7. If 3d5 serial is integrated, the software can automatically detect cleaning cycle (and has a set PWM for cleaning).
8. Calibration mode for the pressure transducer
9. Separate PID loops control for flow tracking and pressure tracking. PID parameters (like the sliding SetPoint) are shown (for debug) on display near the graph.
10. Increased flow resolution by timing the Gicar flowmeter pulses (currently getting 10% accuracy on the flow rate while in flow limiting).
Future plans are to add EBF (and the ability to shut a flow) control.
The main controller is a small box, with a potentiometer, a status 2 color LED and a touchscreen display (an Arduino shield). Currently 11 wires connect via a makeshift umbilical to the GS3. Cables are Teflon to withstand water steam and heat.
The graphs show the PWM voltage (in red), the pressure (in cyan) and the volume (in green).
The extraction below is a pressure profile pull. The profile was originally created in manual profile mode using the potentiometer, and saved to the EEPROM (non volatile storage). The system can then be set to replicate the same profile automatically. The system can follow either the flow (flowmeter ticks) or the pressure. PID controls the pump motor to try to replicated the reference profile. An additional "safety" against runaways (such as puck fracturing") is limiting the pump PWM to a set band around the reference profiles PWM. The white horizontal line shows at what PWM the preinfusion solenoid is activated.
The graphs show very clearly the aging of the coffee. The green line shows the volume. The volume line sets steeper as the coffee ages. Updosing or grinding finer can help offset the age of the coffee. The sensitivity of age on coffee pull dynamics is pretty remarkable: effect of coffee aging is noticeable on a daily basis.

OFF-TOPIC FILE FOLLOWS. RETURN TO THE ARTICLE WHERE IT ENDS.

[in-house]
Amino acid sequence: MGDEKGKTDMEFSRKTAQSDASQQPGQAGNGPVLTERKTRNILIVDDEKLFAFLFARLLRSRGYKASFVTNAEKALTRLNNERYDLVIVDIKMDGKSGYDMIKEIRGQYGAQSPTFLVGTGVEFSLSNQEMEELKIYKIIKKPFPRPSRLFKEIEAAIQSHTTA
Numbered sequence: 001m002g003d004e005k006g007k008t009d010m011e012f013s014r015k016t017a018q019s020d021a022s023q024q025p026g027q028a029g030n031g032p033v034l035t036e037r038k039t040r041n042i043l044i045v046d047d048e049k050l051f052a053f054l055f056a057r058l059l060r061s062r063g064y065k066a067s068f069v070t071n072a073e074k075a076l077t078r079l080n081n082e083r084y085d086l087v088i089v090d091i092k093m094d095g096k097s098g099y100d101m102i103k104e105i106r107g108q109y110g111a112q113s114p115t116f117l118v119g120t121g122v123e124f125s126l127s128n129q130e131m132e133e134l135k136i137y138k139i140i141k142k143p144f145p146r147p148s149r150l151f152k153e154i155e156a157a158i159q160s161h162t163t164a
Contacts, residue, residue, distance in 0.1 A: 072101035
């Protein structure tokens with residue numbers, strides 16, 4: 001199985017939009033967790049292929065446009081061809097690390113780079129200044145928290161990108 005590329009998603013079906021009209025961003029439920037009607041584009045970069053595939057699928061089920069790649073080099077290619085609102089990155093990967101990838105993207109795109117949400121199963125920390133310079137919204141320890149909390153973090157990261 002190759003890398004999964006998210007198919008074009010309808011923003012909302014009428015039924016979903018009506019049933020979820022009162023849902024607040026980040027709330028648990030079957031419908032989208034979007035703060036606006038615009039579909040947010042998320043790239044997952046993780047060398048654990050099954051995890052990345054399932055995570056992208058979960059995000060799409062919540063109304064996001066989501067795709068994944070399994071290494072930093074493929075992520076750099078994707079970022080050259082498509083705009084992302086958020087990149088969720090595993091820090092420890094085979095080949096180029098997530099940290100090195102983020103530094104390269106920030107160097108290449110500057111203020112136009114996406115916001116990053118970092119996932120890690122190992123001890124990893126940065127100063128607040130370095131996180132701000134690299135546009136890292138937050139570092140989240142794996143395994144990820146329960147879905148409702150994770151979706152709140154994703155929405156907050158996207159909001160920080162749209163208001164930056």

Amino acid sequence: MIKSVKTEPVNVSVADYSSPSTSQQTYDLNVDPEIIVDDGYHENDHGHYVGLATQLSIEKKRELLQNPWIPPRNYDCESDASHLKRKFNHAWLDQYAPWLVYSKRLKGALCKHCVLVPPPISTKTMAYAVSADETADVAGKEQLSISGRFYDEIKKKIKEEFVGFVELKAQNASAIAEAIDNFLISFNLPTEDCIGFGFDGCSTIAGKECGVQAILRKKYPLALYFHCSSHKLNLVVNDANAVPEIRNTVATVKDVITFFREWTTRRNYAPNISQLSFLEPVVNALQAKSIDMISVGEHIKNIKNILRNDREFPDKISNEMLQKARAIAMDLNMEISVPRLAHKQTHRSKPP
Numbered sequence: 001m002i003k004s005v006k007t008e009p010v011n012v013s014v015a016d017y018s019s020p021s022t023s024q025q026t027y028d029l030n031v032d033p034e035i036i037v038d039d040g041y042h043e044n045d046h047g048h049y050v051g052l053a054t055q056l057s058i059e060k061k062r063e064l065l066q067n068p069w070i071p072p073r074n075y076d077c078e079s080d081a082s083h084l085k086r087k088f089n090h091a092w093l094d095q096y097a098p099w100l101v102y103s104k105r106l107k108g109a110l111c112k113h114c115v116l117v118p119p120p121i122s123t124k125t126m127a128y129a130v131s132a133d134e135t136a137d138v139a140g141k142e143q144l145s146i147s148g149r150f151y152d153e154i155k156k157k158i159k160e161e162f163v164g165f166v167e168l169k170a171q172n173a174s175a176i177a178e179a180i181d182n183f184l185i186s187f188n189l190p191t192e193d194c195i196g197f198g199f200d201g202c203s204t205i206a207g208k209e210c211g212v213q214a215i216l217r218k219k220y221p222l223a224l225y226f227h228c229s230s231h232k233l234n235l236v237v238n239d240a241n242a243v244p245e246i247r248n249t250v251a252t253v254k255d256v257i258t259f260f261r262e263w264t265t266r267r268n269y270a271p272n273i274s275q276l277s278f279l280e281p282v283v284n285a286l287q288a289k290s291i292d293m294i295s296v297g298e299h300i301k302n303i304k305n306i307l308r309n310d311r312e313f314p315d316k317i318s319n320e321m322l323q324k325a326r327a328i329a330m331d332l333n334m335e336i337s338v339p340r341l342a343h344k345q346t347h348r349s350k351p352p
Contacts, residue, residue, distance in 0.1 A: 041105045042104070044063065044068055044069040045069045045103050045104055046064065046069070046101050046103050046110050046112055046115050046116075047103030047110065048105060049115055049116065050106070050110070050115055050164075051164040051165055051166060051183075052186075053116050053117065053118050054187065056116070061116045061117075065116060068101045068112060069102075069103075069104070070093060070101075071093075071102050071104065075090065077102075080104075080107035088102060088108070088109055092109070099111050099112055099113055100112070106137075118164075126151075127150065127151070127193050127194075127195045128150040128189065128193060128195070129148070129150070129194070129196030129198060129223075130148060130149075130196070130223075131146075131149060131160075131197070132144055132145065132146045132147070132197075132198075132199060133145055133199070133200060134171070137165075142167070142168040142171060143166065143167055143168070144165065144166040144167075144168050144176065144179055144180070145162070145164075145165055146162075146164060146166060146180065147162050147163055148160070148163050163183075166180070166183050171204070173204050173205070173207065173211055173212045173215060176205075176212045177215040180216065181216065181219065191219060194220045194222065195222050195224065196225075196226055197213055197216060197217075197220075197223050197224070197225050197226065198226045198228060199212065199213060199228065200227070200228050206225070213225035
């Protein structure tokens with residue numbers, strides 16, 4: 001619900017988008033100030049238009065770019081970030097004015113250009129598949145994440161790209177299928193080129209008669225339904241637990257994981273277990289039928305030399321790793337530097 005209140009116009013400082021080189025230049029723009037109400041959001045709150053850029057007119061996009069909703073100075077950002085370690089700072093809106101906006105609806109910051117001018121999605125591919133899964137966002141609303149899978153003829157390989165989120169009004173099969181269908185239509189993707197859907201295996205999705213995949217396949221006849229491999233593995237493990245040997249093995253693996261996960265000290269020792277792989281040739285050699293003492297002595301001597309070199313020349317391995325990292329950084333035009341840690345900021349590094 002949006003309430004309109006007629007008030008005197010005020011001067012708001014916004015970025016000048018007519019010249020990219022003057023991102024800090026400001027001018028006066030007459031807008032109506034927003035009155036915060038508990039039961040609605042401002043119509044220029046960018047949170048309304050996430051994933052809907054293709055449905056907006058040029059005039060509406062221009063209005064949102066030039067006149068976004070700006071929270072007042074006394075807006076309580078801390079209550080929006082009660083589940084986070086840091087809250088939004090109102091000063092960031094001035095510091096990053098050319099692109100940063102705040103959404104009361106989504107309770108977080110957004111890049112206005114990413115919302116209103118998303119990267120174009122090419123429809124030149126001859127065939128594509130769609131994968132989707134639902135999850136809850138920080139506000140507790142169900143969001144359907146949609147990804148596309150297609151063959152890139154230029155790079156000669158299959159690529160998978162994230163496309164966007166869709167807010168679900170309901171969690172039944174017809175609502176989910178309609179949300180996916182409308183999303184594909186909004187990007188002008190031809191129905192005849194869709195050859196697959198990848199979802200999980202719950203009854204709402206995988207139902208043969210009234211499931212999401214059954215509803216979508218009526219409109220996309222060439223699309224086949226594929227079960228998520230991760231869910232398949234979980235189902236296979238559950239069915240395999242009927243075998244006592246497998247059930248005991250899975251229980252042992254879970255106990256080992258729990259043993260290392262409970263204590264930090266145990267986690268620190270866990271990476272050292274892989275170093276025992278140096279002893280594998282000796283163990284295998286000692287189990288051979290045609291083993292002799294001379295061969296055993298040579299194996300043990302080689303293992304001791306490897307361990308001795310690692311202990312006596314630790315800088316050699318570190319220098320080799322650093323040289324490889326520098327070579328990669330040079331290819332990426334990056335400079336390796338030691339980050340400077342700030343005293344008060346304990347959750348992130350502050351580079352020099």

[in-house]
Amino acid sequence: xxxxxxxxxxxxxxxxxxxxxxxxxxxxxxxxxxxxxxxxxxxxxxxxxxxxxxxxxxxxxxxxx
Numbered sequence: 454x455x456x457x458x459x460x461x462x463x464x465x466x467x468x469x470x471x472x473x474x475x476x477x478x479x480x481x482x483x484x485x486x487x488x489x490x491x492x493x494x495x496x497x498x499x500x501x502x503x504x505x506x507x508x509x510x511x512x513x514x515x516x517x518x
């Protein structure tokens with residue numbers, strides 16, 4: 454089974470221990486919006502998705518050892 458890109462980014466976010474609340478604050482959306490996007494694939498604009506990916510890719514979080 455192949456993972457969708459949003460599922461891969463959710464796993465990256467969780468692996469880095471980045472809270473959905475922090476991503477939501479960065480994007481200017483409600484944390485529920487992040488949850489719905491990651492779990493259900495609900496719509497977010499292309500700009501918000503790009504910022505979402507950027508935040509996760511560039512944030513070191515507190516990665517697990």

The following screen shows a different profile - a steeped flow profile. It mimics the Slayer style profile, in that PWM is constant and the user sets the time at which the solenoid valve bypasses the preinfusion metering valve.
Parameters can be adjusted using the potentiometer onscreen. They are saved in EEPROM.
The source code is free to download at https://github.com/alitai/GS3-Transformer. I am not a C++ developer so I apologize for the sloppy code... Obviously additional libraries are needed. See the include section on the main sketch (PID, Adafruit GFX and drivers, Pololu VNH5019 etc.).
Warning - it is still work in progress. At least 1 profile mode does not yet work as it should (the Auto-UP mode). So there will be changes uploaded as time permits.
NB - Obviously, given the flowmeter, pressure sensor and volumetric pump, one can build all sorts of pull modes. One can accurately track a -kx pressure decay of a lever, create the preinfusion piston response of an e61 and replicate almost any other sort of machine. In that - I name this mode the Chimera. But Chimeras are usually ominous. In this case ominous because like having many espresso machines to choose from can make life more complicated.
So for those of us that will savor the ability to play around once in a while - but won't be overly concerned with the possibility that one mode is better than another - this concept is a winner. But those prone to tweaking the knobs with the assumption that out of two options one must be better (a natural by product of linguistics in spite of its logical fallacy) this type of modification may contribute more to confusion than be of assistance.